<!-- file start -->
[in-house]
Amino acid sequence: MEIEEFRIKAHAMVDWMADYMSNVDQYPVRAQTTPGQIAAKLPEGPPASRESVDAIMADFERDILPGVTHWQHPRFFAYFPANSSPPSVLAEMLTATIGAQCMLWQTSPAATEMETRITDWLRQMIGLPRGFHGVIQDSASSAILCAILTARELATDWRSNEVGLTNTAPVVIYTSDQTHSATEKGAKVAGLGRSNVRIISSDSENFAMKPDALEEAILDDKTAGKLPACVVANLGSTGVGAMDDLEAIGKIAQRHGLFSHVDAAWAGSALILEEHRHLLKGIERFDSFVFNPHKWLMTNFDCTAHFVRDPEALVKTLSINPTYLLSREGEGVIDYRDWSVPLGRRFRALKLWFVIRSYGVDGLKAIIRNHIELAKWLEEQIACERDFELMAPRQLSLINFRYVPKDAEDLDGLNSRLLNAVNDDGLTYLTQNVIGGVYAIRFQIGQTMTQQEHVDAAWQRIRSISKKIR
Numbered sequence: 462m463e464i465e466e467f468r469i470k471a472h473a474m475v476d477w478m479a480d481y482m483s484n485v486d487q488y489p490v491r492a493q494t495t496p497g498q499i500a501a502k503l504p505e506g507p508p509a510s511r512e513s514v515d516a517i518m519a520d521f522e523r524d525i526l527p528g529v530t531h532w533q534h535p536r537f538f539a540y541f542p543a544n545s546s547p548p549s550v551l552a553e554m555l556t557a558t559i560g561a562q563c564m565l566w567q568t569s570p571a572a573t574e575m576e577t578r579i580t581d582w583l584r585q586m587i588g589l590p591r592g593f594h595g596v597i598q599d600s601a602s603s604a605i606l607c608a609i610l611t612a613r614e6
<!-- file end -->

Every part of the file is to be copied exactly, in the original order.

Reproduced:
[in-house]
Amino acid sequence: MEIEEFRIKAHAMVDWMADYMSNVDQYPVRAQTTPGQIAAKLPEGPPASRESVDAIMADFERDILPGVTHWQHPRFFAYFPANSSPPSVLAEMLTATIGAQCMLWQTSPAATEMETRITDWLRQMIGLPRGFHGVIQDSASSAILCAILTARELATDWRSNEVGLTNTAPVVIYTSDQTHSATEKGAKVAGLGRSNVRIISSDSENFAMKPDALEEAILDDKTAGKLPACVVANLGSTGVGAMDDLEAIGKIAQRHGLFSHVDAAWAGSALILEEHRHLLKGIERFDSFVFNPHKWLMTNFDCTAHFVRDPEALVKTLSINPTYLLSREGEGVIDYRDWSVPLGRRFRALKLWFVIRSYGVDGLKAIIRNHIELAKWLEEQIACERDFELMAPRQLSLINFRYVPKDAEDLDGLNSRLLNAVNDDGLTYLTQNVIGGVYAIRFQIGQTMTQQEHVDAAWQRIRSISKKIR
Numbered sequence: 462m463e464i465e466e467f468r469i470k471a472h473a474m475v476d477w478m479a480d481y482m483s484n485v486d487q488y489p490v491r492a493q494t495t496p497g498q499i500a501a502k503l504p505e506g507p508p509a510s511r512e513s514v515d516a517i518m519a520d521f522e523r524d525i526l527p528g529v530t531h532w533q534h535p536r537f538f539a540y541f542p543a544n545s546s547p548p549s550v551l552a553e554m555l556t557a558t559i560g561a562q563c564m565l566w567q568t569s570p571a572a573t574e575m576e577t578r579i580t581d582w583l584r585q586m587i588g589l590p591r592g593f594h595g596v597i598q599d600s601a602s603s604a605i606l607c608a609i610l611t612a613r614e6